Unfortunately, Unison doesn't support file system notifications (i.e. inotify, libnotify), so it polls your file system for changes every 2 seconds (if you set repeat = 2 in your profile as we did above). This isn't nice, but I did not observe any negative effects on my notebook's battery life. Feel free to set the repeat parameter to some higher value if you observe negative effects. Bandwith usage for polling is negligible as well (~0.9 kB/poll, ~3.5 kbit/s).

  • Unison version

    Rumor has it you should use the same Unison version on your server as well as on all your clients, or you will run into problems. I didn't test it, though.

  • Android / iOS app:

    This setup is compatible with Boxcryptor Classic's smartphone apps. You just have to create an EncFS folder in expert mode (x) and follow the instructions at Boxcryptor's Support Desk. Then install a WebDAV server of your choice and expose /home/encbox/encbox via WebDAV (not in this document's scope).

I believe it could also be improved greatly to an extent where one could serve a small local group of people as a service.

While this might be a good advice, the problem with this setup as far as i can tell is that the EncFS volume will always stay to be visible. So if under some strange circumstances someone might gain access to the system (at this point you already have lost the game) he'll be able to see all the files regardless of encryption used or not.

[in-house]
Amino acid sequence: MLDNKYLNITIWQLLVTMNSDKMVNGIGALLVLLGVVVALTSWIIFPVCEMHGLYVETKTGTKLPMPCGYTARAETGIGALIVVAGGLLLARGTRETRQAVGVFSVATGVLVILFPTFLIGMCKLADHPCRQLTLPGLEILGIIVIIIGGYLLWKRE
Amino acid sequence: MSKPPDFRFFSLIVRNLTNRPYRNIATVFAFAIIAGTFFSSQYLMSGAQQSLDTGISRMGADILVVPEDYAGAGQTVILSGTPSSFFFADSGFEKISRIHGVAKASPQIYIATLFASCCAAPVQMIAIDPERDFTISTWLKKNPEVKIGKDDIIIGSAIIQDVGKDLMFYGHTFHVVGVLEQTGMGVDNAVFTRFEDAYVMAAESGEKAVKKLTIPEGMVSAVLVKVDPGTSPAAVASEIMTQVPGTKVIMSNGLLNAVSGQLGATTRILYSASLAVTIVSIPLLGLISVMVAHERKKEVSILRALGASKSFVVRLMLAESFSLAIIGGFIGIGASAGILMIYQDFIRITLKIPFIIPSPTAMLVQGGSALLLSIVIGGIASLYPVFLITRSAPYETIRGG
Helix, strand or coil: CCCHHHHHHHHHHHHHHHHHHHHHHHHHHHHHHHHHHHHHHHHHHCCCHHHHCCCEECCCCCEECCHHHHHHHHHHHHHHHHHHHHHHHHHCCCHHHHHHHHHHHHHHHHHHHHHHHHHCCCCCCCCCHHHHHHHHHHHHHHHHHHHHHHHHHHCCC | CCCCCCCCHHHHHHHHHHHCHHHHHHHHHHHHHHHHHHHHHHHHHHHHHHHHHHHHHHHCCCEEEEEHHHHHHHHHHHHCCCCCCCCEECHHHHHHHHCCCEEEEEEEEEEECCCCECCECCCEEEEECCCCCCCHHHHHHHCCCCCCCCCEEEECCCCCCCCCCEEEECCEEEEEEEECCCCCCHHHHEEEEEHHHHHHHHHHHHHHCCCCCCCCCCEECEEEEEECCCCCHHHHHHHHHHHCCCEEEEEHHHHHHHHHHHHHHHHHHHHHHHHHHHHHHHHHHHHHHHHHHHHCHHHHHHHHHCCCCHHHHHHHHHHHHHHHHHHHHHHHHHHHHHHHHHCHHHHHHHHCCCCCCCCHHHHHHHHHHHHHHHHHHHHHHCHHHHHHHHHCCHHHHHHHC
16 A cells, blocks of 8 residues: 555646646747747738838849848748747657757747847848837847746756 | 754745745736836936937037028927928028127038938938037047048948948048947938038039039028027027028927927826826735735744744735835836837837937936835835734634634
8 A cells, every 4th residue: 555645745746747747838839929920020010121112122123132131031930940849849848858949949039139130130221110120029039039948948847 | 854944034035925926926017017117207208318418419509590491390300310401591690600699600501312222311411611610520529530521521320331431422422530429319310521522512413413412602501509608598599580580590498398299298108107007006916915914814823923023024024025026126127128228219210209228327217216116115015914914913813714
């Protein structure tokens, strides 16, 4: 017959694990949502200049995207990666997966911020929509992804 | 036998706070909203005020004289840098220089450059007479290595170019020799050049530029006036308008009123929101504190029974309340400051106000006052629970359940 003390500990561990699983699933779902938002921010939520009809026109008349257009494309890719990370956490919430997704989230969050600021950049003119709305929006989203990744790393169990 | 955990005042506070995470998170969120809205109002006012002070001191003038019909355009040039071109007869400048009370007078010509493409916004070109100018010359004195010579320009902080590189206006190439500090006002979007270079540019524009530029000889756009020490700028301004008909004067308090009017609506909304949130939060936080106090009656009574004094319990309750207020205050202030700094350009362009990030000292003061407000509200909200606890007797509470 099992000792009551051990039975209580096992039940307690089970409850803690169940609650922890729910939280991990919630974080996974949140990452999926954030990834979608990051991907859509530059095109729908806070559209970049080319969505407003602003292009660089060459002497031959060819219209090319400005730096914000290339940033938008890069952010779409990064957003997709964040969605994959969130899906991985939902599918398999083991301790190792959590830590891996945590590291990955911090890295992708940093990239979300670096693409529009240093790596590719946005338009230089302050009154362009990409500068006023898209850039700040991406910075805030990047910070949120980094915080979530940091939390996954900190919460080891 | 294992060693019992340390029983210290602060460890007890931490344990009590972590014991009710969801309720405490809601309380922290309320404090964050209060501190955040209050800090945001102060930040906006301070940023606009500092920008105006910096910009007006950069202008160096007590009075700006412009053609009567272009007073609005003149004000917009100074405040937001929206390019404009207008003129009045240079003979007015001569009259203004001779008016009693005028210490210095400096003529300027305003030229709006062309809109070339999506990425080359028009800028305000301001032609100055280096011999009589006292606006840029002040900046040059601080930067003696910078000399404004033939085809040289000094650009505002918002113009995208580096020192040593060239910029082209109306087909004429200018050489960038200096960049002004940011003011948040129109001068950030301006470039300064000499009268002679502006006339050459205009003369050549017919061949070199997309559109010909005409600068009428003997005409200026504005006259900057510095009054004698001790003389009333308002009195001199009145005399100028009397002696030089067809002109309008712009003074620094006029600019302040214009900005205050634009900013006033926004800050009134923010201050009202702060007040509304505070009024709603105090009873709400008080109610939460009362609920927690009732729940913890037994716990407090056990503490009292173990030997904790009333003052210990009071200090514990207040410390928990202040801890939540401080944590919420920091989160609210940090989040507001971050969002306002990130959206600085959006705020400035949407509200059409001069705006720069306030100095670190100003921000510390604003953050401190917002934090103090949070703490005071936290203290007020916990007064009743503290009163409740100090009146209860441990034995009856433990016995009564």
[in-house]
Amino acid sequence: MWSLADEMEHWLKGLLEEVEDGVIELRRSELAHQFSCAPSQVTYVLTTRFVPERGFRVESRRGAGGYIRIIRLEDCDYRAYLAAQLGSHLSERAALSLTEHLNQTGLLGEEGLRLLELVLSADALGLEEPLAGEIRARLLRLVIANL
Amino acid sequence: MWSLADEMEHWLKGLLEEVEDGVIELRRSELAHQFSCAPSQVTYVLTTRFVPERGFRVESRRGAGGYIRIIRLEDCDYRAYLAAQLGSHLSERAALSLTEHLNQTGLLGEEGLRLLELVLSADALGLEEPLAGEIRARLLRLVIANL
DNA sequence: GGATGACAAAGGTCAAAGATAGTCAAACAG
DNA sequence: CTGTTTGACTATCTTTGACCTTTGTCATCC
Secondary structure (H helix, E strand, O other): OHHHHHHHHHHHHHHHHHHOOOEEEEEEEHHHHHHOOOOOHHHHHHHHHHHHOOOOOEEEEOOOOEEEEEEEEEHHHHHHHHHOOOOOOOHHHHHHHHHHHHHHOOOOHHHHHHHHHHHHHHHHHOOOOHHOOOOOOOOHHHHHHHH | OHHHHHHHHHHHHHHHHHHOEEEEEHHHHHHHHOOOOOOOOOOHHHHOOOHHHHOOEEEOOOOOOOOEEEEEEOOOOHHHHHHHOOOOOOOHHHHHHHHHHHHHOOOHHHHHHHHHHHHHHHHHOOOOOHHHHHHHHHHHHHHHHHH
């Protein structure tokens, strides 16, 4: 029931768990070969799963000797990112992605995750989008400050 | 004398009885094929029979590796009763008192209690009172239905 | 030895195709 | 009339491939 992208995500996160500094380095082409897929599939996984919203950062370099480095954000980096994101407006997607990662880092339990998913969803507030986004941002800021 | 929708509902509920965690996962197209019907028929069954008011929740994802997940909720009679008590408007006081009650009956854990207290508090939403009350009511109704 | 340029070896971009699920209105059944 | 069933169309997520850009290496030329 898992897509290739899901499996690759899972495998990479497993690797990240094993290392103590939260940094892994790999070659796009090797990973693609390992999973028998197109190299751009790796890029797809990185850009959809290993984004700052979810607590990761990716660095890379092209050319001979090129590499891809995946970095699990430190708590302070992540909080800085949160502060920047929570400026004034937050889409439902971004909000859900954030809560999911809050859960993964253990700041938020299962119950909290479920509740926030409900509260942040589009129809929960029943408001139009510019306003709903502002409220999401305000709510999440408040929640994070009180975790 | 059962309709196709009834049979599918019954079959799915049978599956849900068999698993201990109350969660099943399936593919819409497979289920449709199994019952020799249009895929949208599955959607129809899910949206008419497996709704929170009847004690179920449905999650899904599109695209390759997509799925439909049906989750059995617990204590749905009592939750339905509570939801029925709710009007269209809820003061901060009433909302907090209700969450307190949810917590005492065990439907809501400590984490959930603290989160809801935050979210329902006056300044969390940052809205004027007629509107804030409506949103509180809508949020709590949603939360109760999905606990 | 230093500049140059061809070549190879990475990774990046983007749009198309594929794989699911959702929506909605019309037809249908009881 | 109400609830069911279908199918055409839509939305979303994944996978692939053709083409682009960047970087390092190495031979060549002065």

@thinkxl Sync isn't open source.

@jeregrine my bad, you're right

Unison is nice, I've been using it for syncing (altho manually) for years. I would suggest also looking at lsyncd.

As you're talking about a Dropbox replacement, adding a web client would probably be interesting too. I've been using h5ai myself and found it to be a pretty good one. It doesn't have authentication, but HTTP auth could fix that.

EncFS needs to be done at the origin before you synchronize them to the remote storage.

ownCloud is an open source file sync solution that may be worth checking out:

http://owncloud.org

Thanks for the how-to. I've had good experiences with http://sparkleshare.org/ so probably a mashup between them would be great.

Perhaps is http://labs.bittorrent.com/experiments/sync.html an alternative protocol for this. There are clients for android, windows, mac and iphone(soon) available. And btsync seems to be at least open concept. I had a quick look on the data which is generated by it's network protocol. It syncs the files nearly in real time, but to do this, there is a need for much network traffic. The battery of your mobile phone will go down within hours. I do not know if this is caused by the protocol it self and cannot be changed or if this is a kind of bug, because the project is not that old.

What is realy nice about this idea is that there is no real master. But this leads to the problem of conflicts, if two devices lose the sync to the network and start to modify the same file at the same time. How to decide which change will survive.